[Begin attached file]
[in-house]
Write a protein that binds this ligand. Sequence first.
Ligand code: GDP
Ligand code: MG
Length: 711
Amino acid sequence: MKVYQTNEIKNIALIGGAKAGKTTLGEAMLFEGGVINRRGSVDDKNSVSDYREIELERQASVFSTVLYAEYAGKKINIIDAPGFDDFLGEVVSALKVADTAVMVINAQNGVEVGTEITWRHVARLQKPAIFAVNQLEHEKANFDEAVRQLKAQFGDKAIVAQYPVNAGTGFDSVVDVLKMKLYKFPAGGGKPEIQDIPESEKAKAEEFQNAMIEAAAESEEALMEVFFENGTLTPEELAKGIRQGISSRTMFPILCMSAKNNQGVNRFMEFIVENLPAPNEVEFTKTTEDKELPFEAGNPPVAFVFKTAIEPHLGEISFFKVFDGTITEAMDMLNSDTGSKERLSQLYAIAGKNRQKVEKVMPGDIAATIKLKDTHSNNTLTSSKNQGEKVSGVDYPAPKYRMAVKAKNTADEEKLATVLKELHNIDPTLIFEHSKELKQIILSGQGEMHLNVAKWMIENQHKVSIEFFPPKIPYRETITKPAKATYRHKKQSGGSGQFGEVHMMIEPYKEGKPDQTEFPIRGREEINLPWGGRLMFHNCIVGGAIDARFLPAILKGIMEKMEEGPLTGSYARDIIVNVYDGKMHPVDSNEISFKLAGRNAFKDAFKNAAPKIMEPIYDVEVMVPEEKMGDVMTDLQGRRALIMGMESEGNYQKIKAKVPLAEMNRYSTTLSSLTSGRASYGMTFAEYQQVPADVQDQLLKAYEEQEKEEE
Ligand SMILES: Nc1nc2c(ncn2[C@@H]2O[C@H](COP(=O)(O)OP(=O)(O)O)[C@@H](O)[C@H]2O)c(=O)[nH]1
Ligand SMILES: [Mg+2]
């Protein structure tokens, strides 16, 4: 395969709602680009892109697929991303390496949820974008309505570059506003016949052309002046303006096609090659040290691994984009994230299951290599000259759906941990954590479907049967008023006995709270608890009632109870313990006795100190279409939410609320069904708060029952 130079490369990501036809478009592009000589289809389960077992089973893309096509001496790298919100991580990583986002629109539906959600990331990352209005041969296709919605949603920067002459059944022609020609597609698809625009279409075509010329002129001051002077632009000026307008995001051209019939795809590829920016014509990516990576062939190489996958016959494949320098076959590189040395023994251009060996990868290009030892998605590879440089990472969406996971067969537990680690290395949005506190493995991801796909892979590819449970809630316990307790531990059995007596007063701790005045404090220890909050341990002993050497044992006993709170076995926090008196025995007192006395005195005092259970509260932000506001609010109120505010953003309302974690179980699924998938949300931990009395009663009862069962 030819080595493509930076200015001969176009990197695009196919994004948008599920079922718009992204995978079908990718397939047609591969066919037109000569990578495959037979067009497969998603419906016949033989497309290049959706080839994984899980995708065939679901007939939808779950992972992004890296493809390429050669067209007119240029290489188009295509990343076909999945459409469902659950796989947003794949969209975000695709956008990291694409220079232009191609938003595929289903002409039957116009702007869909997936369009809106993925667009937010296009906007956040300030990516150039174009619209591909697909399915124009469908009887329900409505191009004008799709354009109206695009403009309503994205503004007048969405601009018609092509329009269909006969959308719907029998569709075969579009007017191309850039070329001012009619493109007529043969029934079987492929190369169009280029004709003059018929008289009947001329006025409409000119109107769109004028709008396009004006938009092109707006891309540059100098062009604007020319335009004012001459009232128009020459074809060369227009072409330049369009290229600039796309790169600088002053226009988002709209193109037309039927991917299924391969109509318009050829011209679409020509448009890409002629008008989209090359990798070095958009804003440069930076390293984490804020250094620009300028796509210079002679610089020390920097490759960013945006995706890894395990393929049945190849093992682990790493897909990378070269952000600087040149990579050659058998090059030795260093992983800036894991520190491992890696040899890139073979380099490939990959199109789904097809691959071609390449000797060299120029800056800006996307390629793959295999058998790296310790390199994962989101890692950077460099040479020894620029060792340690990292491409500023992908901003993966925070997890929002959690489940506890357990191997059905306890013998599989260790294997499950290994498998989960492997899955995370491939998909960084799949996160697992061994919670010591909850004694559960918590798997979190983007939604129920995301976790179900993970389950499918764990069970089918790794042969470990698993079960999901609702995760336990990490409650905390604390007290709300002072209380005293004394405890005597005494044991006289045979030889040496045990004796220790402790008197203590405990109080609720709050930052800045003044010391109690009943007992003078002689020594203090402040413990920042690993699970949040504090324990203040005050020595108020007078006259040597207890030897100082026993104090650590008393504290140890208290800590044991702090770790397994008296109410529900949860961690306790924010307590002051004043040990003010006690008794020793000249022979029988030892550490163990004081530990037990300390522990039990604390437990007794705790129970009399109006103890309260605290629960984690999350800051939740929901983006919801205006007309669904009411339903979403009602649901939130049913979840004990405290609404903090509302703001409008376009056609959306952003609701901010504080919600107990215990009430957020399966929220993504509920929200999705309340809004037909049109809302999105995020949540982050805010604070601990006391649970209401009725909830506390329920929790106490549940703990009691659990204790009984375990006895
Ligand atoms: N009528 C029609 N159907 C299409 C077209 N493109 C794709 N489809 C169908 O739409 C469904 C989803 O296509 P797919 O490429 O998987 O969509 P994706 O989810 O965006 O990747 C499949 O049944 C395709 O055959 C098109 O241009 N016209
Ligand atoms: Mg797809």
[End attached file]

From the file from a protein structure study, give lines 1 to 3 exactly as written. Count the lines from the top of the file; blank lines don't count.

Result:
[in-house]
Write a protein that binds this ligand. Sequence first.
Ligand code: GDP